Suppose you have 5 arrays (normalized by the number of arrays - in this case 5):

arrayList = Table[RandomChoice[Developer`ToPackedArray@{-1, 1}, {100, 100}]/5,{5}]

Your new array:

arraySum = Total[arrayList];

will have various possible values between: $-1$ and $1$. You then can visualize this new array using ArrayPlot:

ArrayPlot[arraySum, ColorFunction -> ColorData["SunsetColors"], ImageSize-> Medium]

enter image description here

What I want to do is make an animation which allows you to see how an array progresses from one to the other, a sort of visualization of the progression starting from arrayList[[1]] to arrayList[[-1]].

This is rather straight forward as you can do an accumulative sum of the arrays:

accumArrays = Accumulate[arrList]

and then generate a list of the corresponding array plots:

arrPlotList = Table[ 
                  ArrayPlot[accumArrays[[i]], ColorFunction -> ColorData["SunsetColors"], 
                            ImageSize-> Medium],

As you see with this animation:

enter image description here

However, I want to create a smoother transition between each frame - which requires inserting more frames of course. Here is my code which achieves this - and where issues with RAM starting coming into play.

makeSmoothAnimation[allarr_, fps_, dur_] := Module[{nSubArr, bitSize,bitArr,imgList},
    nSubArr = Round[(fps*dur)/Length[allarr]];
    bitSize = (1/Length[allarr])/nSubArr;
    bitArr = Accumulate[Flatten[Table[Table[allarr[[j]]*bitSize, {nSubArr}],{j, Length[allarr]}], 1]];
    Print["Made Imdata"];
    imgList = Table[
               ArrayPlot[bitArr[[i]], ColorFunction -> ColorData["SunsetColors"], ImageSize -> Medium]
              , {i, 1, Length[bitArr]}];

Export["movie001.png",imgList,"VideoFrames"] creates a .png image for each image in imgList. I then use Blender to generate a .avi or which ever extension.

Here I create the animation using 20 fps and a duration of 5s.

makeSmoothAnimation[arrayList_, 20_, 5_]

Here is the result of the above - as you see nice and smooth.enter image description here

The issue comes in with the following. I have 13 of these arrays, and all the arrays are 2000 x 2000. I want to process them at 30fps for a duration of 13s as start, and ideally at 60fps for a duration of 26s. However I cannot even achieve the former. I have 16Gb of RAM, and it always runs out. I appreciate that these are massive arrays and well, sometimes it's tough luck. But I don't think this is the case. How could I improve - or even change the above - makeSmoothAnimation function such that I don't run out of memory?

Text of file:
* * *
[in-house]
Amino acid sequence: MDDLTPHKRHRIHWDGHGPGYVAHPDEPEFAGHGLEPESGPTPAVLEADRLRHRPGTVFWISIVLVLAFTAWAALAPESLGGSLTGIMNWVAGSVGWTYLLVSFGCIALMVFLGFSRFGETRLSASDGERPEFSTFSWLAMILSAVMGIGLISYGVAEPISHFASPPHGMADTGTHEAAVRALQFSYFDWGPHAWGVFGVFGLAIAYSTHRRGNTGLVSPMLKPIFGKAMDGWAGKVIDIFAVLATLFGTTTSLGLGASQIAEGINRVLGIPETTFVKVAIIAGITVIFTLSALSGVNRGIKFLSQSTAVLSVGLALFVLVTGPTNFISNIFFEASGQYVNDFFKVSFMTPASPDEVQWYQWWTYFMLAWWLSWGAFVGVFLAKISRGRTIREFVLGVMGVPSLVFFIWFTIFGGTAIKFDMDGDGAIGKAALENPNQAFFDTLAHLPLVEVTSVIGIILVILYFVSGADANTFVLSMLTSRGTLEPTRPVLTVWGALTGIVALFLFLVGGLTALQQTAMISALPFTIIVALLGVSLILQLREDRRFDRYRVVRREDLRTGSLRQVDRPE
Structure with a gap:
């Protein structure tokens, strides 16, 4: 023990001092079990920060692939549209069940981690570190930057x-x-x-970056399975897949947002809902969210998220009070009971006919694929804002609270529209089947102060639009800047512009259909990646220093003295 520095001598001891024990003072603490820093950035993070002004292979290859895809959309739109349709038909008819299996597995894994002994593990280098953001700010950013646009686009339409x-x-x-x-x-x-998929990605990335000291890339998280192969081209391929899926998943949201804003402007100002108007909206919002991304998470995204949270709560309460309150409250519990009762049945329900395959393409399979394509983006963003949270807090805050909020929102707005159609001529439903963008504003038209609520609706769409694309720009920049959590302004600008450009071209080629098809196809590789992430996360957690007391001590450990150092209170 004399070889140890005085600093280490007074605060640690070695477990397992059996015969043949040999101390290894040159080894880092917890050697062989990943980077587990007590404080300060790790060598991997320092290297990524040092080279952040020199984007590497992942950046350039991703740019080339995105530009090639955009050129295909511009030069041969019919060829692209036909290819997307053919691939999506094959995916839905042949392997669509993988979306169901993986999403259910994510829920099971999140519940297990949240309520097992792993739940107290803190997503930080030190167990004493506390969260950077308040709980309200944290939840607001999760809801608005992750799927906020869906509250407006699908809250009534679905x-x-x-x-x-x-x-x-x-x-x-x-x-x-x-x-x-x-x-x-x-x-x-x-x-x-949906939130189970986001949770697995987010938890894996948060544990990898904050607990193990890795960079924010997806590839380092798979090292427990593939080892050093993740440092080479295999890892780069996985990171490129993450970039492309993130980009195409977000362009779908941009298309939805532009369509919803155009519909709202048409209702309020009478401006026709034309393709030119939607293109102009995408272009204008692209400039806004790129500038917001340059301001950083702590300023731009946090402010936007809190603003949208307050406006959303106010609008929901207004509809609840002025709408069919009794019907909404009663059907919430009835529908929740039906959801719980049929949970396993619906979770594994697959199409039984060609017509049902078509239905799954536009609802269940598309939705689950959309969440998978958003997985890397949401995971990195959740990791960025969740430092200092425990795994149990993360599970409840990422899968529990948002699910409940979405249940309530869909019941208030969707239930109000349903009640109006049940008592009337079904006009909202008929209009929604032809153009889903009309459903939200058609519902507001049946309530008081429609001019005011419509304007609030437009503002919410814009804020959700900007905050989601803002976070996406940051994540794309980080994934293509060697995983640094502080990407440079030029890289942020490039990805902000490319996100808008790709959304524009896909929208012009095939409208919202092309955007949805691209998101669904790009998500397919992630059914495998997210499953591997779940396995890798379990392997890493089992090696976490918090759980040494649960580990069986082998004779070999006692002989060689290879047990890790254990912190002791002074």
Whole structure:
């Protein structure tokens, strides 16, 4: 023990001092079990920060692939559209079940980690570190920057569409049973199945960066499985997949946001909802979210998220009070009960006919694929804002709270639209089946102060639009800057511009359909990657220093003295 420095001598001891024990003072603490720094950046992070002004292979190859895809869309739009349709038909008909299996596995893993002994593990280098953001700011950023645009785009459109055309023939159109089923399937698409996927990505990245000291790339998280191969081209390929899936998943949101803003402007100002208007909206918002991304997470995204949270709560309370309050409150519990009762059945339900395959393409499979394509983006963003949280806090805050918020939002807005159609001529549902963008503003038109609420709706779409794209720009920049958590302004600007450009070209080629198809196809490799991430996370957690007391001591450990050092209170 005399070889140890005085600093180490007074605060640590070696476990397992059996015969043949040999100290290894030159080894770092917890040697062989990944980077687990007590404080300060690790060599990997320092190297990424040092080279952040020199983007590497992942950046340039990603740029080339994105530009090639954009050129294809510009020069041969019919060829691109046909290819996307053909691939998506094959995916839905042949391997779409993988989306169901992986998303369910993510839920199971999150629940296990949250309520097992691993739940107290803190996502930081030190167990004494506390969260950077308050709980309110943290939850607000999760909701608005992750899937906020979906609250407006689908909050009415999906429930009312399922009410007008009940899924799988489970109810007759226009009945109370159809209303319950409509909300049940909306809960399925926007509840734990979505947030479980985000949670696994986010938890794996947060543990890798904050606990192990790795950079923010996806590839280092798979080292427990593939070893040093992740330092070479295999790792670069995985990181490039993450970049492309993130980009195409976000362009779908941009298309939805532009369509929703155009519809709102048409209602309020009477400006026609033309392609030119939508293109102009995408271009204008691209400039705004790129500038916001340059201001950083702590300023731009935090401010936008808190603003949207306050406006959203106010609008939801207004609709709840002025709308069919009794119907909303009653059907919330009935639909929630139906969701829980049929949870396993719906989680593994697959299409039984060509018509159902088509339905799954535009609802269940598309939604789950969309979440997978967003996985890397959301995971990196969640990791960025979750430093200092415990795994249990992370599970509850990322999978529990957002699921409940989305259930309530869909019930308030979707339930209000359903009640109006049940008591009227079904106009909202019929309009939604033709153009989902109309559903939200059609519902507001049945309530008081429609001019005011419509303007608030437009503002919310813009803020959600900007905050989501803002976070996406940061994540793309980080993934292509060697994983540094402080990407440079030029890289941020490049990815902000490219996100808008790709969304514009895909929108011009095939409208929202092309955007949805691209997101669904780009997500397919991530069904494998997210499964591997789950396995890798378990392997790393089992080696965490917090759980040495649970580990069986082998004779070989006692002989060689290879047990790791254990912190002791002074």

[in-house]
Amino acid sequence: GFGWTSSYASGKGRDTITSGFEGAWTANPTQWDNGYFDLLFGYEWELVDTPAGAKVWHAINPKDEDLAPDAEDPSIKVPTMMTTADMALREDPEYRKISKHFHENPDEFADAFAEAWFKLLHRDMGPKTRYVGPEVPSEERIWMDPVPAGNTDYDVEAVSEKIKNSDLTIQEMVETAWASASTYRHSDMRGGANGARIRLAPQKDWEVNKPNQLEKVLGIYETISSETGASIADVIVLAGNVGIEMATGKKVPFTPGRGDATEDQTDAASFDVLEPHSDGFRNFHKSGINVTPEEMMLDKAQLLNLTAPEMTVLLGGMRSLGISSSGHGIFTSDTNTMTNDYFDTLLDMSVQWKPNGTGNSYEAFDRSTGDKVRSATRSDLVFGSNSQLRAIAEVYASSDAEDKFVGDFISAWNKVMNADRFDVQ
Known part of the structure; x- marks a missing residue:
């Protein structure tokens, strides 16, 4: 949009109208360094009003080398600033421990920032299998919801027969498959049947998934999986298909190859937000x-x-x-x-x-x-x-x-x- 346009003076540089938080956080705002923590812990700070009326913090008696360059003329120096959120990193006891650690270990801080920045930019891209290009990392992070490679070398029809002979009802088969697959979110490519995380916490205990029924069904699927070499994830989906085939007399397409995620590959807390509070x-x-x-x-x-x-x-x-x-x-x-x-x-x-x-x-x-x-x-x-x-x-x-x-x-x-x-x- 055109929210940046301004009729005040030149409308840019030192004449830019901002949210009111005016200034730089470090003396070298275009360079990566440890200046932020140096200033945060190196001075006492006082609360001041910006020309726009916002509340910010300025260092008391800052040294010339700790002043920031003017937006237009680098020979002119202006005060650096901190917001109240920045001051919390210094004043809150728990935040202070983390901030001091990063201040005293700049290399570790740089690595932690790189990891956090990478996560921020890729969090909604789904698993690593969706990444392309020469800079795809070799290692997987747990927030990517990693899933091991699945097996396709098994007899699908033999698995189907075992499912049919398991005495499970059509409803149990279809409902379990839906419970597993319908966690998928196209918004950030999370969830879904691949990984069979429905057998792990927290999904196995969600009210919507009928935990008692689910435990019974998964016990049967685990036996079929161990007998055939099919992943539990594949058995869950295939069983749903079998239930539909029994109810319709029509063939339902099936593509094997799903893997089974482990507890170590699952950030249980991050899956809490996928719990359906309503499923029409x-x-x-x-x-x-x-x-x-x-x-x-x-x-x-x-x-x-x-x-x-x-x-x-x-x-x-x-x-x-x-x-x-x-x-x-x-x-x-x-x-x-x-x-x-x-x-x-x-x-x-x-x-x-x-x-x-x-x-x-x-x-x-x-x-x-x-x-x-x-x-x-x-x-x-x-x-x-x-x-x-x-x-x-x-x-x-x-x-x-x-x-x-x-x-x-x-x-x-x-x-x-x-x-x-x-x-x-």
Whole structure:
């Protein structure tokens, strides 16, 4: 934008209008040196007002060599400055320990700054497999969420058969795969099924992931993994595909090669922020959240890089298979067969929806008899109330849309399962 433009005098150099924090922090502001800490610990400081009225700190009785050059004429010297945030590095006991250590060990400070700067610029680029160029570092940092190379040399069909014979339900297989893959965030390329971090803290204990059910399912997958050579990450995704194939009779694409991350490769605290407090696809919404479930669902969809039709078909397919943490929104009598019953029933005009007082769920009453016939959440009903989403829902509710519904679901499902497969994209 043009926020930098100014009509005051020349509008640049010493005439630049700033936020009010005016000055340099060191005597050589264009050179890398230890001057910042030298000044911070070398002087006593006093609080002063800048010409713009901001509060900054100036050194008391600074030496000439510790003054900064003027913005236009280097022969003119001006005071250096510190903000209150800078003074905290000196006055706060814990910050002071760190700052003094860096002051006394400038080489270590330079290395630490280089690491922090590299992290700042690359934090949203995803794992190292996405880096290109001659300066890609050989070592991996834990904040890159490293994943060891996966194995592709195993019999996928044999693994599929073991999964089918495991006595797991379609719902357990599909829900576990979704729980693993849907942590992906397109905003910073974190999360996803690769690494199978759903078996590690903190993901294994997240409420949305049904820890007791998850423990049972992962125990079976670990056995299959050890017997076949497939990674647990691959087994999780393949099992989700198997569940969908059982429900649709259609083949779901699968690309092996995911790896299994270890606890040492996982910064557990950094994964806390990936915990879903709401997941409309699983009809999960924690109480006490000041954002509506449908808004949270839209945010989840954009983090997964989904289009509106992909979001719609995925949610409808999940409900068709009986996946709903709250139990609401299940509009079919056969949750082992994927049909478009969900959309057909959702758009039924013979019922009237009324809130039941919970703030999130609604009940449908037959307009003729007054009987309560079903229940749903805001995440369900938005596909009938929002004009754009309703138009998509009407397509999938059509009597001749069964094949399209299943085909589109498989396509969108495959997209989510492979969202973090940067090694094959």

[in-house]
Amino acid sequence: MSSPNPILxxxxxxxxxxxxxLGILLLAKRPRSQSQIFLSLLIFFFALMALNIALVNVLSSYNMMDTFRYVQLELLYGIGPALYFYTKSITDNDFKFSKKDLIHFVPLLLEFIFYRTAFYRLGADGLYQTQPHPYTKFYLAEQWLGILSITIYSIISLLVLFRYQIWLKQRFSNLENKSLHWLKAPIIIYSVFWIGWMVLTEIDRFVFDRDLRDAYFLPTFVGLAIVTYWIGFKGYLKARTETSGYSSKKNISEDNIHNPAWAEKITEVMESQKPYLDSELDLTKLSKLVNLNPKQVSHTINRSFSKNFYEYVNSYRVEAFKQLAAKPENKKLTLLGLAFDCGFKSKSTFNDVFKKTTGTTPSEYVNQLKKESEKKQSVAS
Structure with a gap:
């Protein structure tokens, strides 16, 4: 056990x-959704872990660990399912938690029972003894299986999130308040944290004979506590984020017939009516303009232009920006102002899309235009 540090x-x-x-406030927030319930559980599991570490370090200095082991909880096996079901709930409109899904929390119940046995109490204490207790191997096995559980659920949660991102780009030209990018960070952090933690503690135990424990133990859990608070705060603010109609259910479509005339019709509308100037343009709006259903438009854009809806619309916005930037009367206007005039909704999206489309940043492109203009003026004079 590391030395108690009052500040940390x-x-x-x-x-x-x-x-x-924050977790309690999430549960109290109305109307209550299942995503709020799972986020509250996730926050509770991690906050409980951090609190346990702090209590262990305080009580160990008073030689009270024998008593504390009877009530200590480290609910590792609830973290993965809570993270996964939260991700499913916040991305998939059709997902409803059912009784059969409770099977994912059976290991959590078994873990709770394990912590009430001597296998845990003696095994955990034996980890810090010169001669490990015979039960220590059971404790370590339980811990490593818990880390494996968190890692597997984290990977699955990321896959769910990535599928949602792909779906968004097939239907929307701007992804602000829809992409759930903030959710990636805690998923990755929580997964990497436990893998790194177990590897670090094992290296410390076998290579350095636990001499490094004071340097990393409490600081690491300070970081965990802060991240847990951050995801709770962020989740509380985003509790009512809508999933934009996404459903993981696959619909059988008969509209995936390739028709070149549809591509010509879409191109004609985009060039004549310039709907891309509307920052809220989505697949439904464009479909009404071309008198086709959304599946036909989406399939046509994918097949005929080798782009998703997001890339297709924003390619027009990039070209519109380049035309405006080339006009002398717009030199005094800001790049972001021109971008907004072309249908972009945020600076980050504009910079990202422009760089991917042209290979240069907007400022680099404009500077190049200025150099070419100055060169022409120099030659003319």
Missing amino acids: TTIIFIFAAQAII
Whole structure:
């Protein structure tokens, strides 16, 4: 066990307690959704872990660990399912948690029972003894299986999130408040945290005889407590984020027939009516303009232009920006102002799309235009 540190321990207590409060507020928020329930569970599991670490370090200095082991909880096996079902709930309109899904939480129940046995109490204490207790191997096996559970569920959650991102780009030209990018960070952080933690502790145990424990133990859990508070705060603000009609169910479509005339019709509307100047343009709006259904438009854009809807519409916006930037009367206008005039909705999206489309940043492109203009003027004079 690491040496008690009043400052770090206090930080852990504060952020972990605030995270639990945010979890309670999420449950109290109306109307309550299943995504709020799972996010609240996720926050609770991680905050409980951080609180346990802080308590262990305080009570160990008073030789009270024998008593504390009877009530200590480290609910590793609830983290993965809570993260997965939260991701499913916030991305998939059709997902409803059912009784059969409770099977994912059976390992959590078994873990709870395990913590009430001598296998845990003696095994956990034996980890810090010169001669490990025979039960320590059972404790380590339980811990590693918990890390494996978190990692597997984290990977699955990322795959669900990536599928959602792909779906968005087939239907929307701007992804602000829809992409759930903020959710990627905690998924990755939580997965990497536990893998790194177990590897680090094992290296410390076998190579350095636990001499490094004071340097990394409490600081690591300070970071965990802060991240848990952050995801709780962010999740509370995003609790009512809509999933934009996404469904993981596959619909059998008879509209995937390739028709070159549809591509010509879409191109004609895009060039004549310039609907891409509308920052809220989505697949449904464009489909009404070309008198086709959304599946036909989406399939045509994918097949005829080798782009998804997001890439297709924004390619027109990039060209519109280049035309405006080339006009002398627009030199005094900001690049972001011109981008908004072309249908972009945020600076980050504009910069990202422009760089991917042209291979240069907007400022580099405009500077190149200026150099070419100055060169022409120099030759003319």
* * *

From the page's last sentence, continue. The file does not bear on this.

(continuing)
• $\begingroup$ Why not export the frames one by one instead of keeping all the frames in memory? $\endgroup$ – C. E. Jun 9 '17 at 11:28
  • $\begingroup$ If I'm not mistaken I tried that, by converting each frame into a .png and exporting. It however it was giving me errors. Thus I found this solution of using the "VideoFrames" option, which seemed quite neat. I haven't had a proper go fixing that error, as I thought the errors were a result of memory issues. I will look into it again. $\endgroup$ – Luca Pontiggia Jun 9 '17 at 11:39
  • $\begingroup$ @C.E From trying what you suggested, I found it actually works, however. I still run out of memory. What the issue here is the Accumulate function, this is what it taking all the memory. I would need to first have the accumulated list before exporting each frame. I guess what I could do is write my own accumulate function which exports the the new accumulated frame after every iteration. $\endgroup$ – Luca Pontiggia Jun 9 '17 at 11:53
  • $\begingroup$ Yes, I would say that is what you have to do. Accumulate builds up a list of results. You only want the least amount of data necessary to render the current frame. $\endgroup$ – C. E. Jun 9 '17 at 19:36

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